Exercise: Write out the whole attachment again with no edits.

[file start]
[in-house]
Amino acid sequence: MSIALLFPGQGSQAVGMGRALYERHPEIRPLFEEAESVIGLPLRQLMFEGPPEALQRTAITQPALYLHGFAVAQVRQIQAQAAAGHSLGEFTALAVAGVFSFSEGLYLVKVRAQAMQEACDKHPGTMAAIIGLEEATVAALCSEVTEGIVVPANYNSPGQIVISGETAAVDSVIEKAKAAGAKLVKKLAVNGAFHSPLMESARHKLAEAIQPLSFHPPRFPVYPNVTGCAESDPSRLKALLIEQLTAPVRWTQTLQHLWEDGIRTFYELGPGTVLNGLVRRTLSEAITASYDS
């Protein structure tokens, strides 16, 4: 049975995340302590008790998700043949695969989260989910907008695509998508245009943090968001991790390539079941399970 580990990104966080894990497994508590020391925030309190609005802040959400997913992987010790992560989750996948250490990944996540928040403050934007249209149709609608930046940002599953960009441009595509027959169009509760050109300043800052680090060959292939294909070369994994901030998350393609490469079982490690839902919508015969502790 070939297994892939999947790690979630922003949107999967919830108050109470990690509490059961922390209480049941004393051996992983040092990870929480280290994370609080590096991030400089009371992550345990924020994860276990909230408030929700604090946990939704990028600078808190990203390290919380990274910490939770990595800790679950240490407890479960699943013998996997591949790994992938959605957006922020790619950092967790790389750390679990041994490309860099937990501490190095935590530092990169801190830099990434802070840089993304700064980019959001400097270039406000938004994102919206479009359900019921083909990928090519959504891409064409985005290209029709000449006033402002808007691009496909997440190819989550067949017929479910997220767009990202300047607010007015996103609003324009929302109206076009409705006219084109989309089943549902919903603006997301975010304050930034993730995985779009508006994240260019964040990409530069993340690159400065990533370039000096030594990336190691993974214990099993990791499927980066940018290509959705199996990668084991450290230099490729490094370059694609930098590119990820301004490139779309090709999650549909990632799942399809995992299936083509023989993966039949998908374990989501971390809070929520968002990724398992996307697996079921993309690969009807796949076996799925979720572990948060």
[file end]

[in-house]
Amino acid sequence: MSIALLFPGQGSQAVGMGRALYERHPEIRPLFEEAESVIGLPLRQLMFEGPPEALQRTAITQPALYLHGFAVAQVRQIQAQAAAGHSLGEFTALAVAGVFSFSEGLYLVKVRAQAMQEACDKHPGTMAAIIGLEEATVAALCSEVTEGIVVPANYNSPGQIVISGETAAVDSVIEKAKAAGAKLVKKLAVNGAFHSPLMESARHKLAEAIQPLSFHPPRFPVYPNVTGCAESDPSRLKALLIEQLTAPVRWTQTLQHLWEDGIRTFYELGPGTVLNGLVRRTLSEAITASYDS
């Protein structure tokens, strides 16, 4: 049975995340302590008790998700043949695969989260989910907008695509998508245009943090968001991790390539079941399970 580990990104966080894990497994508590020391925030309190609005802040959400997913992987010790992560989750996948250490990944996540928040403050934007249209149709609608930046940002599953960009441009595509027959169009509760050109300043800052680090060959292939294909070369994994901030998350393609490469079982490690839902919508015969502790 070939297994892939999947790690979630922003949107999967919830108050109470990690509490059961922390209480049941004393051996992983040092990870929480280290994370609080590096991030400089009371992550345990924020994860276990909230408030929700604090946990939704990028600078808190990203390290919380990274910490939770990595800790679950240490407890479960699943013998996997591949790994992938959605957006922020790619950092967790790389750390679990041994490309860099937990501490190095935590530092990169801190830099990434802070840089993304700064980019959001400097270039406000938004994102919206479009359900019921083909990928090519959504891409064409985005290209029709000449006033402002808007691009496909997440190819989550067949017929479910997220767009990202300047607010007015996103609003324009929302109206076009409705006219084109989309089943549902919903603006997301975010304050930034993730995985779009508006994240260019964040990409530069993340690159400065990533370039000096030594990336190691993974214990099993990791499927980066940018290509959705199996990668084991450290230099490729490094370059694609930098590119990820301004490139779309090709999650549909990632799942399809995992299936083509023989993966039949998908374990989501971390809070929520968002990724398992996307697996079921993309690969009807796949076996799925979720572990948060």